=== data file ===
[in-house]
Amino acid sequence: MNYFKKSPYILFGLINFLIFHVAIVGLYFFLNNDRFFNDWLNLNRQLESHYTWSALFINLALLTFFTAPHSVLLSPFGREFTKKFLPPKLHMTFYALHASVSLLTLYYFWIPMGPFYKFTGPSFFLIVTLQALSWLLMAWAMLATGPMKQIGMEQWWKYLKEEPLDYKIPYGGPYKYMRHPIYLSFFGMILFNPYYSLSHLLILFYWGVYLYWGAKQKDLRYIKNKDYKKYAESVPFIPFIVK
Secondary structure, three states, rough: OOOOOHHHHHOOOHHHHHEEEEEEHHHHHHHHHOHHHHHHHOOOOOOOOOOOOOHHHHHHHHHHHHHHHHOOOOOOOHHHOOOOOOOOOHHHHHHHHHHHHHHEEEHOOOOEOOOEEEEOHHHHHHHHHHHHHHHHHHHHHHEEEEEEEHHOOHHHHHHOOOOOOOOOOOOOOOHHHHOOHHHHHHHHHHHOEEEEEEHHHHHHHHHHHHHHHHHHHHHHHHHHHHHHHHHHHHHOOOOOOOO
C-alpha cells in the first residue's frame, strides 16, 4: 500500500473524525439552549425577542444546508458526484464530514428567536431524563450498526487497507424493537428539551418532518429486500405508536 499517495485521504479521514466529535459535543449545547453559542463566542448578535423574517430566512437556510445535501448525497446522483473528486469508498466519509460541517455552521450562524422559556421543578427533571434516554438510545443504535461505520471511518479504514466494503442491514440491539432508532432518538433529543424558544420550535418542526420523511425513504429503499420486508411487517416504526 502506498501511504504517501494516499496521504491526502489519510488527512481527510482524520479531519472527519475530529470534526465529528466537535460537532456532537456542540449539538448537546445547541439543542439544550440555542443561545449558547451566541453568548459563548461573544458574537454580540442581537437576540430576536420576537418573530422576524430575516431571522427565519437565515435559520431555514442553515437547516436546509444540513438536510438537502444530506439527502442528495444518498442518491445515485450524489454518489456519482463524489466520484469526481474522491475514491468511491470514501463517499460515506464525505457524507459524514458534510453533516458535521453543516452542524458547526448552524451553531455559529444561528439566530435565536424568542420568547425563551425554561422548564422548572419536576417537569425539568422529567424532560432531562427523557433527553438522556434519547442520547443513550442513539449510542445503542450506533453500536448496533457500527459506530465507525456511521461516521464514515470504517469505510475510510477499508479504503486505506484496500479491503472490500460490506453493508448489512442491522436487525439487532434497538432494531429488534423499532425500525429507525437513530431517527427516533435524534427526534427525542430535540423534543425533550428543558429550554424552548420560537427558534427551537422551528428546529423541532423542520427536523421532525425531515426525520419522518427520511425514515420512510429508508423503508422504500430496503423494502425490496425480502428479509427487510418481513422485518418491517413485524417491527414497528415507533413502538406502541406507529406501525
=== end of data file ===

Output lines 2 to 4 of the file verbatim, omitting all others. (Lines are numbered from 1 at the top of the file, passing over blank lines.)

Amino acid sequence: MNYFKKSPYILFGLINFLIFHVAIVGLYFFLNNDRFFNDWLNLNRQLESHYTWSALFINLALLTFFTAPHSVLLSPFGREFTKKFLPPKLHMTFYALHASVSLLTLYYFWIPMGPFYKFTGPSFFLIVTLQALSWLLMAWAMLATGPMKQIGMEQWWKYLKEEPLDYKIPYGGPYKYMRHPIYLSFFGMILFNPYYSLSHLLILFYWGVYLYWGAKQKDLRYIKNKDYKKYAESVPFIPFIVK
Secondary structure, three states, rough: OOOOOHHHHHOOOHHHHHEEEEEEHHHHHHHHHOHHHHHHHOOOOOOOOOOOOOHHHHHHHHHHHHHHHHOOOOOOOHHHOOOOOOOOOHHHHHHHHHHHHHHEEEHOOOOEOOOEEEEOHHHHHHHHHHHHHHHHHHHHHHEEEEEEEHHOOHHHHHHOOOOOOOOOOOOOOOHHHHOOHHHHHHHHHHHOEEEEEEHHHHHHHHHHHHHHHHHHHHHHHHHHHHHHHHHHHHHOOOOOOOO
C-alpha cells in the first residue's frame, strides 16, 4: 500500500473524525439552549425577542444546508458526484464530514428567536431524563450498526487497507424493537428539551418532518429486500405508536 499517495485521504479521514466529535459535543449545547453559542463566542448578535423574517430566512437556510445535501448525497446522483473528486469508498466519509460541517455552521450562524422559556421543578427533571434516554438510545443504535461505520471511518479504514466494503442491514440491539432508532432518538433529543424558544420550535418542526420523511425513504429503499420486508411487517416504526 502506498501511504504517501494516499496521504491526502489519510488527512481527510482524520479531519472527519475530529470534526465529528466537535460537532456532537456542540449539538448537546445547541439543542439544550440555542443561545449558547451566541453568548459563548461573544458574537454580540442581537437576540430576536420576537418573530422576524430575516431571522427565519437565515435559520431555514442553515437547516436546509444540513438536510438537502444530506439527502442528495444518498442518491445515485450524489454518489456519482463524489466520484469526481474522491475514491468511491470514501463517499460515506464525505457524507459524514458534510453533516458535521453543516452542524458547526448552524451553531455559529444561528439566530435565536424568542420568547425563551425554561422548564422548572419536576417537569425539568422529567424532560432531562427523557433527553438522556434519547442520547443513550442513539449510542445503542450506533453500536448496533457500527459506530465507525456511521461516521464514515470504517469505510475510510477499508479504503486505506484496500479491503472490500460490506453493508448489512442491522436487525439487532434497538432494531429488534423499532425500525429507525437513530431517527427516533435524534427526534427525542430535540423534543425533550428543558429550554424552548420560537427558534427551537422551528428546529423541532423542520427536523421532525425531515426525520419522518427520511425514515420512510429508508423503508422504500430496503423494502425490496425480502428479509427487510418481513422485518418491517413485524417491527414497528415507533413502538406502541406507529406501525